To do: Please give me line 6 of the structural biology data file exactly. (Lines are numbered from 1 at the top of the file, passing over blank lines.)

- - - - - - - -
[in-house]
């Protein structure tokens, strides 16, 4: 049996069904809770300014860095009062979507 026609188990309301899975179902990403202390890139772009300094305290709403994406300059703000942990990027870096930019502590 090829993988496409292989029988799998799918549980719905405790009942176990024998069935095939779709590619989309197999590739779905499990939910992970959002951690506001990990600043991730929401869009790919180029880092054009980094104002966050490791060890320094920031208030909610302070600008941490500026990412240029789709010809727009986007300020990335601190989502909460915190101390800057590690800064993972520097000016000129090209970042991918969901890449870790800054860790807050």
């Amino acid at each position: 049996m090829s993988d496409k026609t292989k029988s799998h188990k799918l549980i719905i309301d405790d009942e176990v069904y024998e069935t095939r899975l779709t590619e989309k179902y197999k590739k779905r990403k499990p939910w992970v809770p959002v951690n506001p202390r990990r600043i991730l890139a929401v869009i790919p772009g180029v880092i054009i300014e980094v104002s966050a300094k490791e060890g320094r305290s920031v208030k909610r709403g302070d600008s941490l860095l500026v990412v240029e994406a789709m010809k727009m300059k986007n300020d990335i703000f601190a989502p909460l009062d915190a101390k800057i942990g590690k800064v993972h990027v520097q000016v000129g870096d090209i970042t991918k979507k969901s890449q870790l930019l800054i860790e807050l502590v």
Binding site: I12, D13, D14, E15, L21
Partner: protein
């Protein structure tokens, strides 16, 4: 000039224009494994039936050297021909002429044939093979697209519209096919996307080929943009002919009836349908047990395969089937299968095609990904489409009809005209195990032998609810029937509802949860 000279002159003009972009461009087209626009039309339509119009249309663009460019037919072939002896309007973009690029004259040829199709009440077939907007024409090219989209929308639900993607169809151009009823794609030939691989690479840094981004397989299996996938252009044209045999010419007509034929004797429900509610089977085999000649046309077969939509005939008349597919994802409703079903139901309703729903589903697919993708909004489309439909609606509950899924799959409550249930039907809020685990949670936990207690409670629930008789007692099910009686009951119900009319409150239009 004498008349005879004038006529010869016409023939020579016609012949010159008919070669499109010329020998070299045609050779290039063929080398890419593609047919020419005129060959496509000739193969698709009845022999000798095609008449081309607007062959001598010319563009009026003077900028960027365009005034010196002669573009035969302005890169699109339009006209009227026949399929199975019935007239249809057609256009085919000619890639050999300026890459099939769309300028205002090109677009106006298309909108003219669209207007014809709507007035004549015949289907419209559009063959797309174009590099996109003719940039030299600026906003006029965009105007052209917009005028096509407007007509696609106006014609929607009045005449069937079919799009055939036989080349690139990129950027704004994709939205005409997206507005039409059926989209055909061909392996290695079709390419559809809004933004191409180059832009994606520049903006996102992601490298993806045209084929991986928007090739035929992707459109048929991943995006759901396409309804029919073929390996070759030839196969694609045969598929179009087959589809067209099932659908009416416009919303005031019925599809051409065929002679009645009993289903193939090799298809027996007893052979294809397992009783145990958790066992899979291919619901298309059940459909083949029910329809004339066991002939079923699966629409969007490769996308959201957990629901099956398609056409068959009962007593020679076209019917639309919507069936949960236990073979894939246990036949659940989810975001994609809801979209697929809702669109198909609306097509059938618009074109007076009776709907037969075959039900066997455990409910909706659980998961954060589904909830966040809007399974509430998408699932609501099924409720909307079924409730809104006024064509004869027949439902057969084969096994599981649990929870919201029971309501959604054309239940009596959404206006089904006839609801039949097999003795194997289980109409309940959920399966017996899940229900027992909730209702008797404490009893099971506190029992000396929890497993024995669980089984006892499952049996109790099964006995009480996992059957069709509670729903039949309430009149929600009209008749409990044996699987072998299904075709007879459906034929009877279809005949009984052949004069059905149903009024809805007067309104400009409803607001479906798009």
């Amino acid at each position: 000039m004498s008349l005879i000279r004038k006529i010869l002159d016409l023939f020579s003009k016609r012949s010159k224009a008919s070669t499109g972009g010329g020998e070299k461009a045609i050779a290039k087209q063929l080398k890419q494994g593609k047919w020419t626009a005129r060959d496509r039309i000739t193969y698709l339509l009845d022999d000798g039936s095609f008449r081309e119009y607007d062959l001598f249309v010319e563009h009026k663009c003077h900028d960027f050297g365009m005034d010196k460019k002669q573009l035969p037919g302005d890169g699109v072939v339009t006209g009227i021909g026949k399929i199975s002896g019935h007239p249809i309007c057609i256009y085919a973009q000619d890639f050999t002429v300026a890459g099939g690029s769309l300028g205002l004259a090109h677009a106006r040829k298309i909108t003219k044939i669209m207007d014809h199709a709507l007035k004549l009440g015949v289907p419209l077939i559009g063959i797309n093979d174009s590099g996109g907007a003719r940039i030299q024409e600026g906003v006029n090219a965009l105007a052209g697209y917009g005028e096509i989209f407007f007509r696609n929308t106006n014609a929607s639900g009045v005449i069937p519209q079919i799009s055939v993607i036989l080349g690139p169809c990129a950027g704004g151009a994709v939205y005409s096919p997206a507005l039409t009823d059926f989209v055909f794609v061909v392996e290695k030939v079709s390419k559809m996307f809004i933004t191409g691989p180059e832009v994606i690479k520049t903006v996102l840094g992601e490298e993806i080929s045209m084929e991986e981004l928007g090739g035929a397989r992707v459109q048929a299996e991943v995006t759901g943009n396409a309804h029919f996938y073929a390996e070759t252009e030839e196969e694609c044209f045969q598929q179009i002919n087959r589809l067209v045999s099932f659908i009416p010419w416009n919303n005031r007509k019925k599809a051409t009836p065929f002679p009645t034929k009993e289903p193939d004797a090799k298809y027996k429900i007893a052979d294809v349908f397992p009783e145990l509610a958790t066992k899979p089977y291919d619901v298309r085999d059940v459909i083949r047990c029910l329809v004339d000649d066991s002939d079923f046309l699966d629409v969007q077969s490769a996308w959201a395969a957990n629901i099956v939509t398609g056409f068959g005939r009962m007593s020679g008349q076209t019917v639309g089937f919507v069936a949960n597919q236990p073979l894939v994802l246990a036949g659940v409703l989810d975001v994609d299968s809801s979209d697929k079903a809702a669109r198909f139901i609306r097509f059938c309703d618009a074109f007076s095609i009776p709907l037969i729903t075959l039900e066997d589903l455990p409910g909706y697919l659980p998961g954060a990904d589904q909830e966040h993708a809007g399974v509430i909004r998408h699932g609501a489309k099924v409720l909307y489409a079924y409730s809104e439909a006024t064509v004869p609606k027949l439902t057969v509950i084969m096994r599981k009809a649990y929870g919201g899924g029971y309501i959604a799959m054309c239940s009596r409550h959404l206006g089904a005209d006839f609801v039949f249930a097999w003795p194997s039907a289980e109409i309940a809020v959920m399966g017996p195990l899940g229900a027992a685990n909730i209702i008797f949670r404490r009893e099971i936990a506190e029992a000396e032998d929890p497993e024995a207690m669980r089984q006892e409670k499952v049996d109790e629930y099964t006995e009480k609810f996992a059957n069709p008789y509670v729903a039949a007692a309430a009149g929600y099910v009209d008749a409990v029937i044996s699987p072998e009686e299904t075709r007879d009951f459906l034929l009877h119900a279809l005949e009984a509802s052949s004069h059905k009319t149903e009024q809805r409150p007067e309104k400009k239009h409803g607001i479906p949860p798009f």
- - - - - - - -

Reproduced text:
């Protein structure tokens, strides 16, 4: 000039224009494994039936050297021909002429044939093979697209519209096919996307080929943009002919009836349908047990395969089937299968095609990904489409009809005209195990032998609810029937509802949860 000279002159003009972009461009087209626009039309339509119009249309663009460019037919072939002896309007973009690029004259040829199709009440077939907007024409090219989209929308639900993607169809151009009823794609030939691989690479840094981004397989299996996938252009044209045999010419007509034929004797429900509610089977085999000649046309077969939509005939008349597919994802409703079903139901309703729903589903697919993708909004489309439909609606509950899924799959409550249930039907809020685990949670936990207690409670629930008789007692099910009686009951119900009319409150239009 004498008349005879004038006529010869016409023939020579016609012949010159008919070669499109010329020998070299045609050779290039063929080398890419593609047919020419005129060959496509000739193969698709009845022999000798095609008449081309607007062959001598010319563009009026003077900028960027365009005034010196002669573009035969302005890169699109339009006209009227026949399929199975019935007239249809057609256009085919000619890639050999300026890459099939769309300028205002090109677009106006298309909108003219669209207007014809709507007035004549015949289907419209559009063959797309174009590099996109003719940039030299600026906003006029965009105007052209917009005028096509407007007509696609106006014609929607009045005449069937079919799009055939036989080349690139990129950027704004994709939205005409997206507005039409059926989209055909061909392996290695079709390419559809809004933004191409180059832009994606520049903006996102992601490298993806045209084929991986928007090739035929992707459109048929991943995006759901396409309804029919073929390996070759030839196969694609045969598929179009087959589809067209099932659908009416416009919303005031019925599809051409065929002679009645009993289903193939090799298809027996007893052979294809397992009783145990958790066992899979291919619901298309059940459909083949029910329809004339066991002939079923699966629409969007490769996308959201957990629901099956398609056409068959009962007593020679076209019917639309919507069936949960236990073979894939246990036949659940989810975001994609809801979209697929809702669109198909609306097509059938618009074109007076009776709907037969075959039900066997455990409910909706659980998961954060589904909830966040809007399974509430998408699932609501099924409720909307079924409730809104006024064509004869027949439902057969084969096994599981649990929870919201029971309501959604054309239940009596959404206006089904006839609801039949097999003795194997289980109409309940959920399966017996899940229900027992909730209702008797404490009893099971506190029992000396929890497993024995669980089984006892499952049996109790099964006995009480996992059957069709509670729903039949309430009149929600009209008749409990044996699987072998299904075709007879459906034929009877279809005949009984052949004069059905149903009024809805007067309104400009409803607001479906798009």